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“This chapter in my life is all about me. I’m done losing myself to others.”
The self-improvement, self-development, and self-growth movement is all around us.
People have had it with being taken advantage of, saying yes at their own expense, and are now, somewhat, rebelling.
They will not say yes so quickly. They will establish firm boundaries. They will do what’s good for them. To hell with everyone else.
It’s life on their terms and they’re going to do it their way, just like Frank Sinatra.
Most moderate their self-interest, still finding room in their heart for others, but there are some who take it a step further.
They shut everyone out. They say no like a two-year-old who has just learned the word—and in most cases, they actually have. They take everything personally, making it all about them.
They practice their anger. They push you away so they can feel strong. And they take seriously their mission—as they should.
But what is the difference between self-growth and selfishness? At what point does a person’s self-interest become self-absorption, an irrational focus on self that no longer takes into consideration their family, friends, loved ones, or anyone else around them?
I recall an evening with a former colleague who was in therapy working to figure out too many things to count. Aren’t so many of us today?
What I remember most is how she made everything a fight. Everything a cause. Everything a matter of life and death that needed to be tackled, fought, and won.
The waiter was sexist. The parents are ignorant. The world is wrong.
There was no room for discussion or debate. There was no room for exploration or an exchange of ideas.
Because those of us who tried were shot down in an instant. She was trigger-happy and the bullet screamed, “You just don’t get it.”
Everything and everyone was wrong. She was right—about everything. And we all needed to fight the establishment—any establishment, all establishments.
Just because she was mad. And had been given permission to express her anger, which she did quite well.
This period of her self-growth was exhausting for those of us who socialized with her, but I sure do hope it was productive for her because it certainly wasn’t for most of us. I’m not sure if she ever resolved or came to terms with her own issues, but she excelled at making issues everywhere she went.
And this brings me to my point. When does self-interest turn selfish? At what moment in the process of self-focus do we risk losing sight of being of benefit to others? The goodwill and generosity of our spirit and deeds? To show up for others when no one else will?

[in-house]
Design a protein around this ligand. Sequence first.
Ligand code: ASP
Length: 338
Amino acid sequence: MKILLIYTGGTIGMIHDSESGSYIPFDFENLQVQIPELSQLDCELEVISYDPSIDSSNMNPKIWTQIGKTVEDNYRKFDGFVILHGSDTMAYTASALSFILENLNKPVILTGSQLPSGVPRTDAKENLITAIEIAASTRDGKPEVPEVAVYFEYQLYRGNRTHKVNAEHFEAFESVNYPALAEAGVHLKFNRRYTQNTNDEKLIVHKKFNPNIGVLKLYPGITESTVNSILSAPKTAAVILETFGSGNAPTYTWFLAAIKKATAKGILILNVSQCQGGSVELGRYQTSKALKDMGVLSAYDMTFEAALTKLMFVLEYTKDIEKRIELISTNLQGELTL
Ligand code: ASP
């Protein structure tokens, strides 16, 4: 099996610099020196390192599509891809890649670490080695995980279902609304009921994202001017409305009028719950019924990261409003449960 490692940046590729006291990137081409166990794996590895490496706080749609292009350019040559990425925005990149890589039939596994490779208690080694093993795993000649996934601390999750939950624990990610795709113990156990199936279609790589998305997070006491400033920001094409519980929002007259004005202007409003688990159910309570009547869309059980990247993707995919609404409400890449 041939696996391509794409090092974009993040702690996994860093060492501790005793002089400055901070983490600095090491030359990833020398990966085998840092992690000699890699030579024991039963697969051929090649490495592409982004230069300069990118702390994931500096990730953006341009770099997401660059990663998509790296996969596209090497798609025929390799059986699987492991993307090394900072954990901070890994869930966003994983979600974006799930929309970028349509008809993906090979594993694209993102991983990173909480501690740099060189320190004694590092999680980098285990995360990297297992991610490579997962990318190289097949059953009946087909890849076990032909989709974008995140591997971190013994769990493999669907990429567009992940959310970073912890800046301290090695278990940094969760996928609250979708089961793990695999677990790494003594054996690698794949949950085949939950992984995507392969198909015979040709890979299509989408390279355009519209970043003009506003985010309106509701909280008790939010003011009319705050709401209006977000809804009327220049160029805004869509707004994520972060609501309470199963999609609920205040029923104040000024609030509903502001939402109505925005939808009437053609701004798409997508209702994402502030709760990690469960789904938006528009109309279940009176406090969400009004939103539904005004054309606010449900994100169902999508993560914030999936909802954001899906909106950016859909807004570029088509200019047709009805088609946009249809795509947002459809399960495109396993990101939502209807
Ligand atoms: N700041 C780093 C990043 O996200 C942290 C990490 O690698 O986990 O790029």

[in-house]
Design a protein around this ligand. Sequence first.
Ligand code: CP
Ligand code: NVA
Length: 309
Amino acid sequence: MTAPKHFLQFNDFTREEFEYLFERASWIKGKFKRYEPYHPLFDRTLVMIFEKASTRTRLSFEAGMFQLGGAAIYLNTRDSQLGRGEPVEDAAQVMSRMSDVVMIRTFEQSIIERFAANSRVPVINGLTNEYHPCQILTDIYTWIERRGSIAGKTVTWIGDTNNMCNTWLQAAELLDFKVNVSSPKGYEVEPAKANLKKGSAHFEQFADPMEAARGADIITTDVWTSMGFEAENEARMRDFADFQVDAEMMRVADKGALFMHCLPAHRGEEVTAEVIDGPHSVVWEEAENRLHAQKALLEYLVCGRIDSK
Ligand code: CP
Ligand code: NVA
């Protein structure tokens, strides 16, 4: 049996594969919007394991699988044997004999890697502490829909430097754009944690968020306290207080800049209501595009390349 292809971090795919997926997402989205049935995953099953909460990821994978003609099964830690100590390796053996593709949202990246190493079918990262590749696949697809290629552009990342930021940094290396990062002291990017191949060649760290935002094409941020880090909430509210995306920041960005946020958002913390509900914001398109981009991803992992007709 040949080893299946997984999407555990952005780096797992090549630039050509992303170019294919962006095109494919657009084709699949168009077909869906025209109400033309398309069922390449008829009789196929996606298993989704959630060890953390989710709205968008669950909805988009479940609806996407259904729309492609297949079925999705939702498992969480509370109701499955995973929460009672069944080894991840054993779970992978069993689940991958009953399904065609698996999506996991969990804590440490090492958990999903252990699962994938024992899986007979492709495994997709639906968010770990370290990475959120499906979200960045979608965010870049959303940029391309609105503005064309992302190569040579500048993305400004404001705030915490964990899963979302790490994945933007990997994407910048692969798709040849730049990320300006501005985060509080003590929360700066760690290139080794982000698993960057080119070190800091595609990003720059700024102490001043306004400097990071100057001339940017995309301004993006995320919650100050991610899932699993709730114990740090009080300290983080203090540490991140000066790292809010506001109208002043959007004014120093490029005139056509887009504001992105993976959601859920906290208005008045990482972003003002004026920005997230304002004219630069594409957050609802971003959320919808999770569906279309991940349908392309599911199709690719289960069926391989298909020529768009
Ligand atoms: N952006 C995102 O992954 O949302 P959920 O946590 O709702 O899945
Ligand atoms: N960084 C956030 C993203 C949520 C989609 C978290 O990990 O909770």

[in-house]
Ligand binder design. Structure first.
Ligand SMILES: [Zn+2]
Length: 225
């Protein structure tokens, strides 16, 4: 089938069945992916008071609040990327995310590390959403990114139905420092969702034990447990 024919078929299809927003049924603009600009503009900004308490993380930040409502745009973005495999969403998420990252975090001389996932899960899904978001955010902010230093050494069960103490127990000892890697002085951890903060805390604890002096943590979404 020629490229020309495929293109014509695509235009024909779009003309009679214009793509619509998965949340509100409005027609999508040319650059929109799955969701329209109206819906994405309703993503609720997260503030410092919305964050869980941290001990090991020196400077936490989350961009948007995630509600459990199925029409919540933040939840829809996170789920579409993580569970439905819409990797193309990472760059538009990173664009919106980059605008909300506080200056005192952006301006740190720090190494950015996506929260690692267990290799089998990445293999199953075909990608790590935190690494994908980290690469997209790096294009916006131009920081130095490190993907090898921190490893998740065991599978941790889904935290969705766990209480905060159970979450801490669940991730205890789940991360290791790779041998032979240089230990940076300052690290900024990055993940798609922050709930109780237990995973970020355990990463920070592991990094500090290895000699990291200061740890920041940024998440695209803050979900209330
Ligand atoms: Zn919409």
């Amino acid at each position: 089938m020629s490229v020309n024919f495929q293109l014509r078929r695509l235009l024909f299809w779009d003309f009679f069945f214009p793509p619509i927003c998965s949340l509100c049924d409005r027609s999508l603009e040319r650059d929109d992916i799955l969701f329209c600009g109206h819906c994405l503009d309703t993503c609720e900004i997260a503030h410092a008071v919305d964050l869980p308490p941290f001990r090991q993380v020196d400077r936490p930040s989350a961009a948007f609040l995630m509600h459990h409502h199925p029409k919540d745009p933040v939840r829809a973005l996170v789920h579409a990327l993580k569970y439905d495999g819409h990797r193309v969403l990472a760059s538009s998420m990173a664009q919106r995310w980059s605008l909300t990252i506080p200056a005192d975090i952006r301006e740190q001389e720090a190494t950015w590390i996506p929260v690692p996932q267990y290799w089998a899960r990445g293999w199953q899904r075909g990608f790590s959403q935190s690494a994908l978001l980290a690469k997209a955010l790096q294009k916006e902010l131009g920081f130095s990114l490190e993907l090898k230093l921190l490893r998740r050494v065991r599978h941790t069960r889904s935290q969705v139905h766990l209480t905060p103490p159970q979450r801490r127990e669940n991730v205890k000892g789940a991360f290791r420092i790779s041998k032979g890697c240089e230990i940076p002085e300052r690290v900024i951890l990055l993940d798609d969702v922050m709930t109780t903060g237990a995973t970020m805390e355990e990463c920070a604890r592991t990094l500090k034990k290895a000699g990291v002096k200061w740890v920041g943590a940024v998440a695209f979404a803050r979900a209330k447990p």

Or is that goodwill an illusion? Do we, as human beings, use our problems and unresolved trauma to generate interest from others, building an audience who will keep our issues alive? Are we seeking pity versus healing? Attention versus remission?
If our release is truly cathartic, mission accomplished. But if we are practicing anger, disappointment, or any other negative emotions, are we actually fueling, rather than extinguishing them?
Self-care is not synonymous with self-interest or self-absorption—but by no means am I faulting that. If it’s what you need to do for a period of time, do it. Set a date and act out in whatever way you need to for a specific number of days or months.
However, it should not become a way of life.
Tending to your own needs should be the path to healing, resolution, and learning how to set realistic—and kind—boundaries.
If we succeed with those matters of the psyche, we should come back to the world with an open heart, a steady hand, and a soothed soul.
We can then make better decisions based on experience.
We will be selective about the people we allow into our personal space. We will have learned how to repel negative energies and attract the more positive. We will choose carefully the activities we participate in and pay attention to how we manage our time and energy.
But never should it become selfish. Never should it become personally inclusive at the expense of those who love and care for us—or at the expense of playing our role in making this world a better place.
If we’ve done the inner work, we should be ready to share ourselves with others without giving ourselves away.
May this be the ultimate goal of self-growth.